• Spotlight on Health Care: Two panel discussions centered around the use of AI in health care. The role of digital health technologies is evolving due to AI-powered remote patient monitoring that has the capacity to improve wearables, predictive analytics and personalized medicine. In addition to its diagnostic capabilities in digital health and software medicines, AI is also enhancing clinical decision-making by assisting health care providers to offer treatment decisions. The FDA is closely monitoring the ethical and regulatory implications of AI’s role in patient data management and clinical decision support, especially as it relates to implications for patient care and data privacy concerns.
  • Generative AI Market Expansion: In-house counsel from Dyno Therapeutics and Pfizer discussed the vast potential, and risks, of using generative AI in the life sciences space. Though the use of generative AI in this space is largely untested and not fully realized, there are opportunities for the technology to be employed across the life cycle of a medical device or pharmaceutical, from drug design and clinical trials to manufacturing and marketing of the product and maximizing the product supply chain. With the ability to create new data models or enable the generation of biological structures, generative AI goes beyond primarily analyzing existing data and requires careful navigation of related legal, ethical and business implications. Given the rapid evolution of generative AI innovations, the life sciences industry is seeing market expansion opportunities in key areas including drug discovery and design, medical imaging, synthetic biology and disease modeling.
  • Litigation Forecast: In-house counsel from Medtronic highlighted some of the potential litigation challenges facing life sciences companies in a continually evolving legal landscape. With AI driving advancements in drug discovery and medical devices, life sciences companies should expect to see potential legal liabilities rise in the following areas: innovation and IP; quality control and assurance; accountability and transparency; data integrity and privacy; and product liability. At this point, there are perhaps more questions about these liabilities than there are answers, and some of the questions the industry can expect to encounter as AI-related litigation increases include basic things,  such as: Who is responsible and may be sued, and how will fault be attributed and apportioned across the life cycle of a particular AI technology? What claims may be brought, and what defenses may be available — will litigation be relegated to existing causes of action, or will the industry see an explosion in novel theories of law and liability? In the face of these uncertainties, life sciences companies should be employing a holistic and integrated risk management structure with a focus on how the organization is using AI (both internally and externally), how its third-party vendors are using AI (and how to build adequate controls and risk management into these contracts), and on developing AI-related principles and policies that align with the company’s business processes.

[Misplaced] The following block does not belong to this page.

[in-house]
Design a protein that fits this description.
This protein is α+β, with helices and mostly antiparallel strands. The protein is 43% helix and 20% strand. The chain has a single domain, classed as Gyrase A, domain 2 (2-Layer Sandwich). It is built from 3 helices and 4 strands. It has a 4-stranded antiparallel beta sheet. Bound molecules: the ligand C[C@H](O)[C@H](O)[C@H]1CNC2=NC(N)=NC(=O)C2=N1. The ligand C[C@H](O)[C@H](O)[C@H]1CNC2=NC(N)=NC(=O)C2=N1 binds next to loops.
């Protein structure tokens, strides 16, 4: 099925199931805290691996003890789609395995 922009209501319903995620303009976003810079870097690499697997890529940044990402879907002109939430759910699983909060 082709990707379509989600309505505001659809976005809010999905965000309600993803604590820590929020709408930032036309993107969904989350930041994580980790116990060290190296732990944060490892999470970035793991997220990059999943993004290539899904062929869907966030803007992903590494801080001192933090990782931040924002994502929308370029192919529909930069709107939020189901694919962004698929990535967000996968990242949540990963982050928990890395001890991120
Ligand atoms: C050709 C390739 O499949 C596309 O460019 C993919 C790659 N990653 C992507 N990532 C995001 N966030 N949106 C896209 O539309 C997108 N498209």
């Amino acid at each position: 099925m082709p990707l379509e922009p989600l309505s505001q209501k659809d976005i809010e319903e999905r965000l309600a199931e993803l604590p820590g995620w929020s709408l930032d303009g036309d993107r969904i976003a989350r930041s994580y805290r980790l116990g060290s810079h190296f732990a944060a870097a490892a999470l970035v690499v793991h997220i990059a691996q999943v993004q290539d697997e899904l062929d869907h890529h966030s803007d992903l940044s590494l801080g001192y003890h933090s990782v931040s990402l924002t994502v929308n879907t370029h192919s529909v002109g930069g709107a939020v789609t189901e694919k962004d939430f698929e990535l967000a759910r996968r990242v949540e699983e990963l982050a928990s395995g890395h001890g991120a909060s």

• Key IP Complexities and Considerations: A panel that included speakers from Novartis and BIO explored the relationship between AI and intellectual property in the life sciences industry, specifically as it relates to inventorship, patentability, IP rights and ownership. The discussion highlighted distinct complexities of IP challenges related to drug development, trade secrets, data privacy, data generation, trademarks and copyright breaches, as well as ethical considerations and more. Industry players should continue to focus on assessing and mitigating IP protections, risks and liabilities related to AI-driven innovations.

With panelists and discussions raising just as many thought-provoking questions as the agenda attempted to answer, Faegre Drinker’s health and life sciences-focused AI team will be keeping a close eye on developments in this space throughout 2024 and beyond. To receive more information and insights from our AI-X team, please visit the Faegre Drinker Subscription Center to join our mailing list.